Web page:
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His family thought he had a cold. A couple of days later, he died of the flu.

Here's a look at how the flu virus infects the body and produces symptoms. (Video: Joyce Koh/The Washington Post)

Like many flu-related illnesses, Dylan Winnik's started with a cold — and escalated rapidly.

He had it for a couple of days. By Monday, he was feverish. By Tuesday, his temperature had gone back to normal, but he died that day.

The 12-year-old Florida boy became the latest casualty of an intense flu season that has so far resulted in thousands of hospitalizations and deaths of 2½ dozen children nationwide.

Dylan's father, Sergio Winnik, did not want to be interviewed Thursday, according to the father's cousin. Winnik told the South Florida Sun-Sentinel earlier that his son had fever and chest pain, but he still went to school on Monday. The seventh-grader didn't go to school on Tuesday, when Palm Beach County sheriff's deputies were called to his father's home in West Palm Beach, the Palm Beach Post reported.

Dylan's stepfather, Mike Medwin, told NBC affiliate WPTV that family members checked the boy's temperature on Tuesday. It was normal, at 98 degrees Fahrenheit. He died a couple of hours later.

“Don't mess around with the flu,” Medwin told the TV station. “It's not going to somebody else. It can happen right in your neighborhood. Right in your name. It happened to us. Lighting struck.”

Autopsy results are still pending, but his family said they've been told the boy died of the flu.

Medwin, who was not immediately available to comment Thursday, has started a GoFundMe page to help pay for Dylan's memorial and funeral.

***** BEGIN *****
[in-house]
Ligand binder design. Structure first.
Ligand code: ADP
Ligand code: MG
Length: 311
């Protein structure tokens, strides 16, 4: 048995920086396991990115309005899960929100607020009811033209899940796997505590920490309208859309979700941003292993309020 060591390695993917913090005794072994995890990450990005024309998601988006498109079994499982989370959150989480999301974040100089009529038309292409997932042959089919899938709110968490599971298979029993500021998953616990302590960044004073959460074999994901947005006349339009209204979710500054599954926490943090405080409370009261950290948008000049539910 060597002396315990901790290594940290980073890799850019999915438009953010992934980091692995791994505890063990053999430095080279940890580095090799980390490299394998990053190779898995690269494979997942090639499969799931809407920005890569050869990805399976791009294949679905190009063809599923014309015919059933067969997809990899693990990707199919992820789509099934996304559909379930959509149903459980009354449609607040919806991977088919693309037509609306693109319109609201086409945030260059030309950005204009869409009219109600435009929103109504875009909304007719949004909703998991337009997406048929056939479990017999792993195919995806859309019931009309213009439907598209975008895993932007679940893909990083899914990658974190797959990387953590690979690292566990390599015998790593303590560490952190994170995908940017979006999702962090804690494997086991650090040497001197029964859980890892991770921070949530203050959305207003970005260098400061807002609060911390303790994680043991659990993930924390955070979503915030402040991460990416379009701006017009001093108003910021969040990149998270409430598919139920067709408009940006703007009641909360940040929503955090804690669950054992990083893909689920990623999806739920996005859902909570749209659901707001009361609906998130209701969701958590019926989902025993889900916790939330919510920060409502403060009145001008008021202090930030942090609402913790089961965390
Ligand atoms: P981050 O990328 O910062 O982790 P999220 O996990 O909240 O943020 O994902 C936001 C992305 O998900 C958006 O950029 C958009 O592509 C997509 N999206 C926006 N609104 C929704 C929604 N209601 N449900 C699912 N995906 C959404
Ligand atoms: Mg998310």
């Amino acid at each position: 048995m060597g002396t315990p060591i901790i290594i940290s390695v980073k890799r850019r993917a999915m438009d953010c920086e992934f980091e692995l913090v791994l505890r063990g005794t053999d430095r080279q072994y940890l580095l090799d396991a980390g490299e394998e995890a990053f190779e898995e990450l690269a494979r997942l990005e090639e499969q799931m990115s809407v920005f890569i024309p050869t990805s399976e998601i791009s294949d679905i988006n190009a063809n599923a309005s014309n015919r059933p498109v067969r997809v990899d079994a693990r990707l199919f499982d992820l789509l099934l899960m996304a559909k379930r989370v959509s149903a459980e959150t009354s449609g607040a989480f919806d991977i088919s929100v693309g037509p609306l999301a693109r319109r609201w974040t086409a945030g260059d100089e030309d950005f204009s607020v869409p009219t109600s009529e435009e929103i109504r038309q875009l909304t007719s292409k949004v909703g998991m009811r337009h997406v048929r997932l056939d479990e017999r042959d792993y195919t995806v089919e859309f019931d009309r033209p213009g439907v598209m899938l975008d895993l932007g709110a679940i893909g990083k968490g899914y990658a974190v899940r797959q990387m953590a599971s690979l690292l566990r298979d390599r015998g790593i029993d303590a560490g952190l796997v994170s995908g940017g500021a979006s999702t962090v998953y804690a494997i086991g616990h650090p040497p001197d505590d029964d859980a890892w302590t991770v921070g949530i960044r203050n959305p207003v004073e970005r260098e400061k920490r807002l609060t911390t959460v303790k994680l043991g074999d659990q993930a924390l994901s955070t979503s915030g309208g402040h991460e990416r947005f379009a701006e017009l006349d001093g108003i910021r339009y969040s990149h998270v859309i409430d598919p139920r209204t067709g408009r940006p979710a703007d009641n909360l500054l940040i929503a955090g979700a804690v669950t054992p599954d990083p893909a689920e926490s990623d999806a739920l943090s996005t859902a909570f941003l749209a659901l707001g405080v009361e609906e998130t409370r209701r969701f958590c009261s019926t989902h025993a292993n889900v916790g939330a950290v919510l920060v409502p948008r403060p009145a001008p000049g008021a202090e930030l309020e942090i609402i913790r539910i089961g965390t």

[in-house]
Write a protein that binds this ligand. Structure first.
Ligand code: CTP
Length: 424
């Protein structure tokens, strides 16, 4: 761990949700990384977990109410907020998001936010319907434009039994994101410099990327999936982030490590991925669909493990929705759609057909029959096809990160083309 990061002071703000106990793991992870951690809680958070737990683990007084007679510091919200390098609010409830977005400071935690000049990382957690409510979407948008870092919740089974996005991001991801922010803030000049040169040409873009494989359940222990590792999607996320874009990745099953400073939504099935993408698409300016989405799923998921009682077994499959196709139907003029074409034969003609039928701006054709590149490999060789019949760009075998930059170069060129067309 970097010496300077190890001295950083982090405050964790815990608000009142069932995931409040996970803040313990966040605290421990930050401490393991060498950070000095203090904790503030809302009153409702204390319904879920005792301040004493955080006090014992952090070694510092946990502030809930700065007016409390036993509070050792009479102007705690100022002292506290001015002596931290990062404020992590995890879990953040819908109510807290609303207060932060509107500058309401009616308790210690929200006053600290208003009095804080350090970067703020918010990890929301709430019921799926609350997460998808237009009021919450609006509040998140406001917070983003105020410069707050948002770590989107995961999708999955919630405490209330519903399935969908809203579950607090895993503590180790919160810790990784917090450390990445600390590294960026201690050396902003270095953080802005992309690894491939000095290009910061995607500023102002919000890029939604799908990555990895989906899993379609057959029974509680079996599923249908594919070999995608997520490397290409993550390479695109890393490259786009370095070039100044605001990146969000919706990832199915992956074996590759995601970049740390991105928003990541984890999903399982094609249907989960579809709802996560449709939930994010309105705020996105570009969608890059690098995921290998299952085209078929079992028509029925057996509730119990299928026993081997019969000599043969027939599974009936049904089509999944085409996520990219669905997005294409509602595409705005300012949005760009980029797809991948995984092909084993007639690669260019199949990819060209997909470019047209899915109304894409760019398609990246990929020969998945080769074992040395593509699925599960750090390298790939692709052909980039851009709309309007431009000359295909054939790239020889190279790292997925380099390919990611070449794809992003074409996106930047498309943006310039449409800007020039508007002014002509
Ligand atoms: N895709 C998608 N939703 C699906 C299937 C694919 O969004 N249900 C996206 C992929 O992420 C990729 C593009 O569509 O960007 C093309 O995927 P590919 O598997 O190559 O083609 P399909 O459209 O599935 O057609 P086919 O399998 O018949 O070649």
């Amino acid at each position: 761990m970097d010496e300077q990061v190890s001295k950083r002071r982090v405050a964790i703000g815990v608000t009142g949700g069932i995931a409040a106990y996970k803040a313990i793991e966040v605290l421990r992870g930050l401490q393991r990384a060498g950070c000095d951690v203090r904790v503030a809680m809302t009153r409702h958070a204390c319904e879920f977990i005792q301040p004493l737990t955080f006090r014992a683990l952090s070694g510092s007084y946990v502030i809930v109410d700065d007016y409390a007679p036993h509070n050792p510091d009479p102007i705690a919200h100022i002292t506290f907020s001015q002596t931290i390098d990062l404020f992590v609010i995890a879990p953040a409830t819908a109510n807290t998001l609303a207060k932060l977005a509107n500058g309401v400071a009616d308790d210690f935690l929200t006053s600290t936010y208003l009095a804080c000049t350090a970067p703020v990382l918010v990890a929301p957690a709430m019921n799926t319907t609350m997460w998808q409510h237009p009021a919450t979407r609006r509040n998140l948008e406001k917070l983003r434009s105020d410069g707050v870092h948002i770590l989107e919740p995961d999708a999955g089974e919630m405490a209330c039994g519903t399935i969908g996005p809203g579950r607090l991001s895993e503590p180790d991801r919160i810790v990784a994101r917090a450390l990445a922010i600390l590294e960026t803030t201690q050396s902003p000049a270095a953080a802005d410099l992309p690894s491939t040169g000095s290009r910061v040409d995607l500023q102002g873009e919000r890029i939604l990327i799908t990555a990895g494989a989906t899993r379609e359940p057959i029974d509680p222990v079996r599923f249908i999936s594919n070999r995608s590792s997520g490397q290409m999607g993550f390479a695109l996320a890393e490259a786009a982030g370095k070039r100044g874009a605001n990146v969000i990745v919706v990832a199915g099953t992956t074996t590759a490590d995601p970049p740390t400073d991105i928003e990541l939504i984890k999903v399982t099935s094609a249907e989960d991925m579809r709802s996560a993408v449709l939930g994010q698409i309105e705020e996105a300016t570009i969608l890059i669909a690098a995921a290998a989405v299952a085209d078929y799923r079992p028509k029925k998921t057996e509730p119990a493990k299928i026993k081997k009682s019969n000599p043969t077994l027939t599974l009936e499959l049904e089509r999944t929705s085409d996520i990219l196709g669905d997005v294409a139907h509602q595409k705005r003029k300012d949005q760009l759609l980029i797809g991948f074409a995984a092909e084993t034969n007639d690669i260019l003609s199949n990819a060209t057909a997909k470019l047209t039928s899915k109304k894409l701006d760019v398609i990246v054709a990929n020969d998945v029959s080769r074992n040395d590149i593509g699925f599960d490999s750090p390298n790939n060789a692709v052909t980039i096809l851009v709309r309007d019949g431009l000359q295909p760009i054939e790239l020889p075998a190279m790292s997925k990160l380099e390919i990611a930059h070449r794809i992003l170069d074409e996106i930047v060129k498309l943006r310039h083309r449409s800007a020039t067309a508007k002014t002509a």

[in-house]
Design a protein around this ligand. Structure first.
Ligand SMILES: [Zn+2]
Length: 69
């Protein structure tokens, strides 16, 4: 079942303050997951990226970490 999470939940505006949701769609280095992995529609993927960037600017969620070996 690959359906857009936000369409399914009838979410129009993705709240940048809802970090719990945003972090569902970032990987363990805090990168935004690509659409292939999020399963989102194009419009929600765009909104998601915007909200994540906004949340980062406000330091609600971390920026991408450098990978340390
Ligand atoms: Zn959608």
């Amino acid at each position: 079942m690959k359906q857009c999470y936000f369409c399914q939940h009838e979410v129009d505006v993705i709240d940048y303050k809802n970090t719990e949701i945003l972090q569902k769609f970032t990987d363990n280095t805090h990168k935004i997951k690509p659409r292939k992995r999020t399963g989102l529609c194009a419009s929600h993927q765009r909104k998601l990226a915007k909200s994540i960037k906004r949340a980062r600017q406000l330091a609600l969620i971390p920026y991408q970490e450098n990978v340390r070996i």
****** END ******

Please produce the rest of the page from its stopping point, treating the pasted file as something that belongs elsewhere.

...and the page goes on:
“There is nothing that can ever explain the loss of a beautiful child at such an early age. Dylan was highly intelligent, surprisingly funny, and always full of life busy with his two brothers,” Medwin wrote on the  page.

In a letter sent to parents Wednesday, Okeeheelee Middle School Principal David Samore said Dylan will be missed by students, parents and staff.

The Florida Department of Health said three children, all of whom were not vaccinated, have died as a result of the flu this season. That number does not include Dylan. A spokeswoman said the agency does not have information on his death. Dylan also was not vaccinated this year, Medwin told local media outlets.

Here's what you should know about the flu season this year

This year's flu season is already the most widespread on record since health officials began keeping track 13 years ago and has resulted in more deaths than what would be expected at this time of the year, The Washington Post's Lena Sun wrote. The majority of those hospitalized are older people and young children.

Thirty children have died as a result of the flu, and more than 8,900 have been hospitalized since the season started in October, according to the Centers for Disease Control and Prevention's latest report released earlier this month. These numbers do not include Dylan, who died after the weekly report was released.

Nearly the entire United States, except the District of Columbia and Hawaii, along with the territories of Guam and the U.S. Virgin Islands, are seeing widespread flu-related incidents, according to the CDC. Flu seasons from at least the last decade weren't nearly as bad, with a majority of the country mostly seeing only sporadic flu activity.

Flu viruses are most common during the fall and winter months. Flu-related incidents often begin to increase in October and November and peak between December and February. The season can last until May.

Less than two months ago, a young bodybuilder from Pennsylvania died shortly after he came down with the flu. Kyler Baughman's mother told local media that he came home for the holidays with a runny nose and thought he simply needed to rest. But his coughing became worse, and his fever didn't subside after Christmas. He died on Dec. 28 of “organ failure due to septic shock caused by influenza,” his mother told NBC affiliate WPXI.

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